Michigan v Louisville

Despite earlier statement, Louisville’s Russ Smith to skip NBA draft


Young men have the right to change their mind.

Louisville guard Russ Smith has. Not long after the NCAA Tournament said he was going to pull a George Costanza and leave on a high note, walking away after the Cardinals won the NCAA title and entering the NBA draft.

But now he’s changed his mind, Smith is returning to college for another season, reports our sister blog CollegeBasketballTalk.

“If I would have left, I think I would have been shooting myself in the foot,” he said at a press conference on Wednesday afternoon. “I don’t think I was mature enough.”

“As much smoke as you thought I was blowing to people, I really didn’t know. I was really unsure until I woke up this morning.”

I think this is a smart move. Smith was a likely second round pick who would have had a battle just to make a roster. Guys in that spot should stay in college (unless circumstances force them out). This isn’t the head scratcher around the league that Marcus Smart of Oklahoma State staying in was — he was a lock top 10 pick, those kind of guys have the green light to come out.

Smith will get his NBA shot in a year. And likely even in 2014 will be a second round pick. That said, he is the kind of quick, scrappy player I think can make a nice career in the NBA. He’s just going to have to adjust his game — 6’0” shooting guards don’t exist in the NBA. He’ll have to become a defense-minded, score-first point guard. He needs to develop a steady three point shot because without that teams will play off him and dare him to shoot. But scrappy players who can defend and are quick will catch a coach’s eye. He will get his shot.

Just next year.

James Harden: “I am the best player in the league. I believe that.”

James Harden, Stephen Curry
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James Harden was the MVP last season — if you ask his fellow NBA players.

The traditional award (based on a media vote) went to Stephen Curry (in the closest vote in four years), and that was the right call (in my mind). But from the time it happened Harden did not buy it. And he still doesn’t buy it. In the least — and he’s using that as fuel for this season. That’s what he told Fran Blinebury over at NBA.com.

“I am the best player in the league. I believe that,” he said. “I thought I was last year, too.”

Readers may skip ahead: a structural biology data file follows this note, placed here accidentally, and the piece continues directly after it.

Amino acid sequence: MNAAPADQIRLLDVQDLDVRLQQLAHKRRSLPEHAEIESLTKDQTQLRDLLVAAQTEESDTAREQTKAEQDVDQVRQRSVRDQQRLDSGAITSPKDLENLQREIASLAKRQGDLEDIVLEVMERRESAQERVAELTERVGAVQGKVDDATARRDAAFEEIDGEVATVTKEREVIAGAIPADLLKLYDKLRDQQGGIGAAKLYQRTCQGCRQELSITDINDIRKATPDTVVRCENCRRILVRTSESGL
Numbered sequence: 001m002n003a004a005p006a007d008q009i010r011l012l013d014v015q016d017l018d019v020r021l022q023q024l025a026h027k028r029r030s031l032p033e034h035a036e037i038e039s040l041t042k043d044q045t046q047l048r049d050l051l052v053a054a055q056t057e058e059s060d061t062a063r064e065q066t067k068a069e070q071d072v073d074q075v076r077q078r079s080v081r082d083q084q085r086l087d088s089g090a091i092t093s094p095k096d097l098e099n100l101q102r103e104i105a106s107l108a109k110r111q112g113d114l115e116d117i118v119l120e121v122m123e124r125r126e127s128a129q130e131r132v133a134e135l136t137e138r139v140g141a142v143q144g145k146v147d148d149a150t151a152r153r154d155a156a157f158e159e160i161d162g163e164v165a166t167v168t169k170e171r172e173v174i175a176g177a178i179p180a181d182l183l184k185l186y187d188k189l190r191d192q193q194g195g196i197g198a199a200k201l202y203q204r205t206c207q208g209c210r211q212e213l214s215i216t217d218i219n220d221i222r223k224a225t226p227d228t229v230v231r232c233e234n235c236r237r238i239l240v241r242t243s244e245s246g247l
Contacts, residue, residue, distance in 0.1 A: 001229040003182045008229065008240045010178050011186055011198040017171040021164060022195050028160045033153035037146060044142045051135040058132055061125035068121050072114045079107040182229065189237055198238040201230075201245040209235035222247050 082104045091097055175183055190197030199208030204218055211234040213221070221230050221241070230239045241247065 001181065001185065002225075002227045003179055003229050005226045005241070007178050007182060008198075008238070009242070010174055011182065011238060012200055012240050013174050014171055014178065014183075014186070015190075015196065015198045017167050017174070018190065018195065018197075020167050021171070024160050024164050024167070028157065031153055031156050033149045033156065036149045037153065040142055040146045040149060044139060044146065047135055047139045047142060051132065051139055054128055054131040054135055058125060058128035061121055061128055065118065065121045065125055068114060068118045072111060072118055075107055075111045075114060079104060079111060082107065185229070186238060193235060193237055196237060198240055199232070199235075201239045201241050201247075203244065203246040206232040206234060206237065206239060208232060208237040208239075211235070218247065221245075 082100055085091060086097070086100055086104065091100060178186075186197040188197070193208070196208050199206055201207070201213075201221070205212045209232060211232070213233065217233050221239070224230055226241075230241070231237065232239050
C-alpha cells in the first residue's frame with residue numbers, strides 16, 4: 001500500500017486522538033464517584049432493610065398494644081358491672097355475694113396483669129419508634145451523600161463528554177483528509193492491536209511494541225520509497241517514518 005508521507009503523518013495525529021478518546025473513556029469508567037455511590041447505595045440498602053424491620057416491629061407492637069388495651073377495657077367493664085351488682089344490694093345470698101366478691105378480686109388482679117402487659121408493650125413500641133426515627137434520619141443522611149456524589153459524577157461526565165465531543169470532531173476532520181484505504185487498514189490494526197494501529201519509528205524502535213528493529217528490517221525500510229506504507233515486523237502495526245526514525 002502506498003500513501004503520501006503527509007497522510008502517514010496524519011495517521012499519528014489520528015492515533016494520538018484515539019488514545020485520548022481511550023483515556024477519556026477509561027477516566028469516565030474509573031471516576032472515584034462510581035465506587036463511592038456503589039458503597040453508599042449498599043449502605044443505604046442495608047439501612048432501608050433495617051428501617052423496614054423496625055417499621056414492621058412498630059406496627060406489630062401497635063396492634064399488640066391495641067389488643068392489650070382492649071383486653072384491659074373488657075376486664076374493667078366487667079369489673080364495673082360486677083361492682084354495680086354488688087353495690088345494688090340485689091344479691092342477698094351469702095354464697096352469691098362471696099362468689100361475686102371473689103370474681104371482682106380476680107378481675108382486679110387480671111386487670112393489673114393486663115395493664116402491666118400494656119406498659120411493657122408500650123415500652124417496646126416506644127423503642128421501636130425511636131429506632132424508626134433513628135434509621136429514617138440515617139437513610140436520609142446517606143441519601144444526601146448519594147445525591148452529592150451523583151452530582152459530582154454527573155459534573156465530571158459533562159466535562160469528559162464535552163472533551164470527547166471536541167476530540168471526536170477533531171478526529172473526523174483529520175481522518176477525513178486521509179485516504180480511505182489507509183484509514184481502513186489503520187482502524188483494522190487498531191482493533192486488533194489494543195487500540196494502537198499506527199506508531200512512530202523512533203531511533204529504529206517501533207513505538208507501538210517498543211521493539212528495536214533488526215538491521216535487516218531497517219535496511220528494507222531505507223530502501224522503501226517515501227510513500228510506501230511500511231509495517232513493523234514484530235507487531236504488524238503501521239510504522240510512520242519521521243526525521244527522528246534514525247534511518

Well, it’s a more realistic claim than Paul George’s.

“But that award means most valuable to your team. We finished second in the West, which nobody thought we were going to do at the beginning of the year even when everybody was healthy. We were near the top in having the most injuries. We won our division in a division where every single team made the playoffs.

“There’s so many factors. I led the league in total points scored, minutes played. Like I said, I’m not taking anything away from Steph, but I felt I deserved the Most Valuable Player. That stays with me.”

That’s very Kobe Bryant of you to turn that into fuel. Defining the MVP Award is an annual discussion that nobody agrees on.

I could get into how Harden was the old-school, traditional stats MVP, how that ignores how Steve Kerr used Curry, and how that opened up the Warriors’ offense to championship levels. Curry put up numbers, but he was also the distraction, the bright star that Kerr used to open up looks for Klay Thompson, Draymond Green, and others. Curry’s strength was not just what he did with the ball in his hands, but his gravity to draw defenders even when he didn’t. Did the Warriors stay healthier than the Rockets? No doubt. Should Curry be penalized for that?

It’s simple for Harden — if he can put up those numbers again, if he can be the fulcrum of a top offense, he will be in the discussion for MVP again. And, if he can lead the Rockets beyond the conference finals, nobody will talk about that MVP snub anyway.